Following the bandwidth theme, Comcast and Time Warner Cable also released earnings this week (Comcast here and Time Warner Cable here). For the sake of brevity, Comcast results will be confined to their Cable division only. Here’s the brief summary of the cable subscriber performance:
It’s no surprise that Comcast grew High Speed Internet subscribers, and that growth accelerated over the third quarter of 2012. And it’s not that surprising that Comcast is managing the growth of video, recognizing that satellite and U-Verse deployments will continue to accelerate (we will elaborate on the X1 and X2 platforms in an upcoming Sunday Brief).
What is surprising, especially compared to Time Warner Cable’s performance, is the importance of the Double and Triple Play bundles to Comcast (which drives voice additions). Forty-three percent of Comcast’s base currently subscribes to the Triple Play (up from 39% in 3Q 2012) and 78% of the base have at least two components.
Voice is a critical part of the Triple Play profit picture. Comcast added 169K residential voice customers in 3Q, and has grown their base to nearly 10.5 million lines or 20% of homes passed. In contrast, AT&T lost 613K residential voice relationships in the quarter (the numbers are stark when you look at them over the past eight quarters: 1.154 million voice subscribers gained for Comcast, and 4.481 million lost for AT&T).
Why is voice important to Comcast? On top of the “control as much of the home as possible” reason, incremental phone additions are wildly profitable. Using the numbers provided by Time Warner Cable in their trending schedules, we’ll assume that each of the 709K voice customers added over the past year generates $34 in ARPU and a 73% gross margin (Comcast’s margin is likely higher because they did not outsource their platform operations). Adding in a few extra dollars for installation, promotion, access costs, and other items, the 73% gross margin becomes a 35% EBITDA margin ($11.90 in cash flow per month for every residential voice customer added).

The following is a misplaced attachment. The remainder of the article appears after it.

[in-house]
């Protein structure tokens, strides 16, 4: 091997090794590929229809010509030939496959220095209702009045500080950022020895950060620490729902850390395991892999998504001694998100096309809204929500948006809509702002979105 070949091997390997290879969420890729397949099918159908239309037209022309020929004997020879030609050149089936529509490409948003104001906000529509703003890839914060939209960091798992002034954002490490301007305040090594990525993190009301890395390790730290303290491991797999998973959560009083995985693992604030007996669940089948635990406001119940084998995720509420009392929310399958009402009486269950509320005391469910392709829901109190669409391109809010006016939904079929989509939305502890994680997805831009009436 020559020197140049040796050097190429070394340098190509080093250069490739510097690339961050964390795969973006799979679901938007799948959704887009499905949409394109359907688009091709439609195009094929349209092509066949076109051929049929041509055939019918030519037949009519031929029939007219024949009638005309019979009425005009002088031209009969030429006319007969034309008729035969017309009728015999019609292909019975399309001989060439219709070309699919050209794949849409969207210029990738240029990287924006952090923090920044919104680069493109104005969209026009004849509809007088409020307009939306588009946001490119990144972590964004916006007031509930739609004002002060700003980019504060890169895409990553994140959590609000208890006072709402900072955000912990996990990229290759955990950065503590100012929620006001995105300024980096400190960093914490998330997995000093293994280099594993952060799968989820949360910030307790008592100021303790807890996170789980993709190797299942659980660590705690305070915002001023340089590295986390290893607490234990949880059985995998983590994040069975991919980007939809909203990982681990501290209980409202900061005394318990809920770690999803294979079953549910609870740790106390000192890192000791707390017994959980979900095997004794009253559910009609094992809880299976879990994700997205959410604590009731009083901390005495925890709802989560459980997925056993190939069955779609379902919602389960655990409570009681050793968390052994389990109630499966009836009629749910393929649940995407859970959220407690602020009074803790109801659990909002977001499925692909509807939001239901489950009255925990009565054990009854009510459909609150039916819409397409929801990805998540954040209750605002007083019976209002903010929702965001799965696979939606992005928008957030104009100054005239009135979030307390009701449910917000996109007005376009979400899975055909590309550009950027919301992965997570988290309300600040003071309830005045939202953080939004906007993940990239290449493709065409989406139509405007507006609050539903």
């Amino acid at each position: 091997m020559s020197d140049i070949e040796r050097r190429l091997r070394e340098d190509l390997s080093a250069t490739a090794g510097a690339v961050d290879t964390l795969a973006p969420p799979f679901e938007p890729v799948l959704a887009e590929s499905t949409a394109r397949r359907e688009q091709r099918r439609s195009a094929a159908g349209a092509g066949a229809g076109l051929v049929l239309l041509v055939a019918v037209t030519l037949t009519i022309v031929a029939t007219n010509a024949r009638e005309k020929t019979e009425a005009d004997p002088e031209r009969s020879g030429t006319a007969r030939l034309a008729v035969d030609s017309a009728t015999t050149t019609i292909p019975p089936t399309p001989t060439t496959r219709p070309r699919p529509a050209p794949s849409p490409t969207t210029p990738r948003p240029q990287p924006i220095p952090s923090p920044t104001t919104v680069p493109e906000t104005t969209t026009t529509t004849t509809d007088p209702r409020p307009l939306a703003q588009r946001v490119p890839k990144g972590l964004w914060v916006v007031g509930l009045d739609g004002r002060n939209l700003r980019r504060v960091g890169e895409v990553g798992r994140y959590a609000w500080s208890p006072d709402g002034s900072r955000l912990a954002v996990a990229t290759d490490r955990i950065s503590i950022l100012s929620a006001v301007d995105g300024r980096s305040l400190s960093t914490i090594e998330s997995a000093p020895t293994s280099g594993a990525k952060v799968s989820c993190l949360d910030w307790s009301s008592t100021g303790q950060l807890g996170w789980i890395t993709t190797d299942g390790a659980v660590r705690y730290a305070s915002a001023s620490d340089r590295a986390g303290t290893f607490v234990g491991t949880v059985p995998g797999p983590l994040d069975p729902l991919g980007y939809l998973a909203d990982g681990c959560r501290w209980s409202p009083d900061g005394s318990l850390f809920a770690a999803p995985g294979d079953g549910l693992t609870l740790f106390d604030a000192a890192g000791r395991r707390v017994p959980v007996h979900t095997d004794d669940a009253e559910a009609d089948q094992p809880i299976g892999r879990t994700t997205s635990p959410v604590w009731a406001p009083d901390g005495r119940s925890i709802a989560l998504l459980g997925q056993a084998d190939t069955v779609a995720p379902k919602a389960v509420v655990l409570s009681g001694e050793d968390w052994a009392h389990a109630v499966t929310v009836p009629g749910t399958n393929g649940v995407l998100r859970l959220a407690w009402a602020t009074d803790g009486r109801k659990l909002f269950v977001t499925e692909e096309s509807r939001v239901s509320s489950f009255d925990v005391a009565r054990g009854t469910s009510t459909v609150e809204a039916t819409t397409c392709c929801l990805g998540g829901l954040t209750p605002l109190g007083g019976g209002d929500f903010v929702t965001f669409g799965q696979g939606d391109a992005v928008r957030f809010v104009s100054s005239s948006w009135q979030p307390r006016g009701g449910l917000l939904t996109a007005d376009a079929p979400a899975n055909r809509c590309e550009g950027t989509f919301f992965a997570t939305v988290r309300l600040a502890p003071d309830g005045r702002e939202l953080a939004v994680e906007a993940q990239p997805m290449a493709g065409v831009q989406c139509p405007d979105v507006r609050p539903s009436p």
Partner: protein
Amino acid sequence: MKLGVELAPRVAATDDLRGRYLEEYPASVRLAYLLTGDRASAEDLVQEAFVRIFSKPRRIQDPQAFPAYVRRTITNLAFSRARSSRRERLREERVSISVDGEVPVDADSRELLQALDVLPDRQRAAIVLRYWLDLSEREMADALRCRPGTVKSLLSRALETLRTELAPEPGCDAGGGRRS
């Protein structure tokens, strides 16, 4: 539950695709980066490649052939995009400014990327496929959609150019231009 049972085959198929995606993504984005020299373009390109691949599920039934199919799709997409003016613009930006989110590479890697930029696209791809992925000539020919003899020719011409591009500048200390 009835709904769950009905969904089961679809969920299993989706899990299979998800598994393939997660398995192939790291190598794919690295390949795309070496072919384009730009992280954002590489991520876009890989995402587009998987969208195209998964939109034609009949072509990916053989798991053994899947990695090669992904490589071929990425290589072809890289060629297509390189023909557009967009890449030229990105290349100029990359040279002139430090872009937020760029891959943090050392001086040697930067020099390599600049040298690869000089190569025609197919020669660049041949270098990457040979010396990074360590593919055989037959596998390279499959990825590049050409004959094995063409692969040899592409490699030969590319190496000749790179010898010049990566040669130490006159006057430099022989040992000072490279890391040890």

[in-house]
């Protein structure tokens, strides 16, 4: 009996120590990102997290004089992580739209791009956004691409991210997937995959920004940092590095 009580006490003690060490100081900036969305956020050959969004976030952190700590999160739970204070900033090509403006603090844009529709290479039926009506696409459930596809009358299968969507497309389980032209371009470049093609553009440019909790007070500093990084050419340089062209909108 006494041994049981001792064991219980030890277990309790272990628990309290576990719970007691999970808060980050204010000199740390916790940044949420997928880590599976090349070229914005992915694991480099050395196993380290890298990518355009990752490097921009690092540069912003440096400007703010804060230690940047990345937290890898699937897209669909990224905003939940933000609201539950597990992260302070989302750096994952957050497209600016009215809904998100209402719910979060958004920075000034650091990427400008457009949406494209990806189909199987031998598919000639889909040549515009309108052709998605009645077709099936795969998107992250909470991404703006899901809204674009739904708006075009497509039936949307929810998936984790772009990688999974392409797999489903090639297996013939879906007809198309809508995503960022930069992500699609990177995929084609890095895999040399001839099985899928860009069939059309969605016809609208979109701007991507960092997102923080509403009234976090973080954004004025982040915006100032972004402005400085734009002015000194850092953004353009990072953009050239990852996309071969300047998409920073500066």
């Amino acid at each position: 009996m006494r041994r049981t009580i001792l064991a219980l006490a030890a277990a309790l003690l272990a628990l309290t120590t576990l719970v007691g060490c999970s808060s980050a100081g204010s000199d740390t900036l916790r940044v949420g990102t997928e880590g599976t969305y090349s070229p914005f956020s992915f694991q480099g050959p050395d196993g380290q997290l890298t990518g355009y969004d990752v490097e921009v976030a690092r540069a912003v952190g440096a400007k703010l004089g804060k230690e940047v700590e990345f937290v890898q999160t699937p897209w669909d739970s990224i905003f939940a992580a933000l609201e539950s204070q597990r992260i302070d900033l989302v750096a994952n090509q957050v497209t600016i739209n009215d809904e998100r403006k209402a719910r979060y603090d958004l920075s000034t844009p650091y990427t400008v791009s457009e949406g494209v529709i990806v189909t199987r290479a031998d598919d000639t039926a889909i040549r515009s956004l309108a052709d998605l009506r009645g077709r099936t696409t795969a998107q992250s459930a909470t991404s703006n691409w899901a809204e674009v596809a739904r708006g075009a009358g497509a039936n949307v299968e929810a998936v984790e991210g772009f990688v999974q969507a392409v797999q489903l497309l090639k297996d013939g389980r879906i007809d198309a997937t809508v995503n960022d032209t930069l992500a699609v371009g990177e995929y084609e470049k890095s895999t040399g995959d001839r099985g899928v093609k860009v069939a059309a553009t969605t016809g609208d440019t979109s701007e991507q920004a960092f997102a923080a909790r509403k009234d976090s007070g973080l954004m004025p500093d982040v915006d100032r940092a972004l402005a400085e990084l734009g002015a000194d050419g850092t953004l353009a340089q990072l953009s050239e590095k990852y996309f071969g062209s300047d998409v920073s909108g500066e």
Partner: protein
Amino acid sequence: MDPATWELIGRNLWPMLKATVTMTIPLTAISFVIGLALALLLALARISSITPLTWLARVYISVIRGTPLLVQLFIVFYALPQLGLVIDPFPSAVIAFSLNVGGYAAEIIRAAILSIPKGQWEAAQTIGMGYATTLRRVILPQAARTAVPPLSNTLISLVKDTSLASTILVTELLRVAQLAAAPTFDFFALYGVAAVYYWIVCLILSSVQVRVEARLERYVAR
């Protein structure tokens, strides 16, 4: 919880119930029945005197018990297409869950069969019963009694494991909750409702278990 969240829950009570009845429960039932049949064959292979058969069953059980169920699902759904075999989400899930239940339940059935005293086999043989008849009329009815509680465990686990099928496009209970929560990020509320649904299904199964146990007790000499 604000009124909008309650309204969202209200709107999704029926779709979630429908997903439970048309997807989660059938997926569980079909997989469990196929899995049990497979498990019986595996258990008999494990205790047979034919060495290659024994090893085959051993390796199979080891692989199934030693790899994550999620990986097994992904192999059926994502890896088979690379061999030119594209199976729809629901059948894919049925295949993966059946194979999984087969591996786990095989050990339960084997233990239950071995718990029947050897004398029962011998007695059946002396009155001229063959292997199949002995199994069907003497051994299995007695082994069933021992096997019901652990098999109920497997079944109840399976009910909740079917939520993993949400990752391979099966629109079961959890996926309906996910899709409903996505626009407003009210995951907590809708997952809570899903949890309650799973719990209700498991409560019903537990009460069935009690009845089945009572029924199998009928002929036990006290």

Annualize $11.90 for each of the 709K voice customers, and you get $102 million in operating cash flow growth for the next twelve months. To put this in context, total Comcast cable OCF is growing between $160 million to $200 million per year on a rolling 4-qtr basis. Bottom line: The strong voice performance (which in reality is a low-bandwidth network augment to their robust Xfinity infrastructure) allows the cash flow gains from High Speed Internet to fund the foundational changes Comcast is driving in their video platform.
Next week, we’ll cover Time Warner Cable in greater detail (Charter also releases earnings). In addition, we will have more earnings news from T-Mobile and be able to round out the total wireless and wireline pictures. Until then, if you have friends who would like to be added to The Sunday Brief, please have them drop a quick note to email@example.com and we’ll subscribe them as soon as we can. Have a terrific week!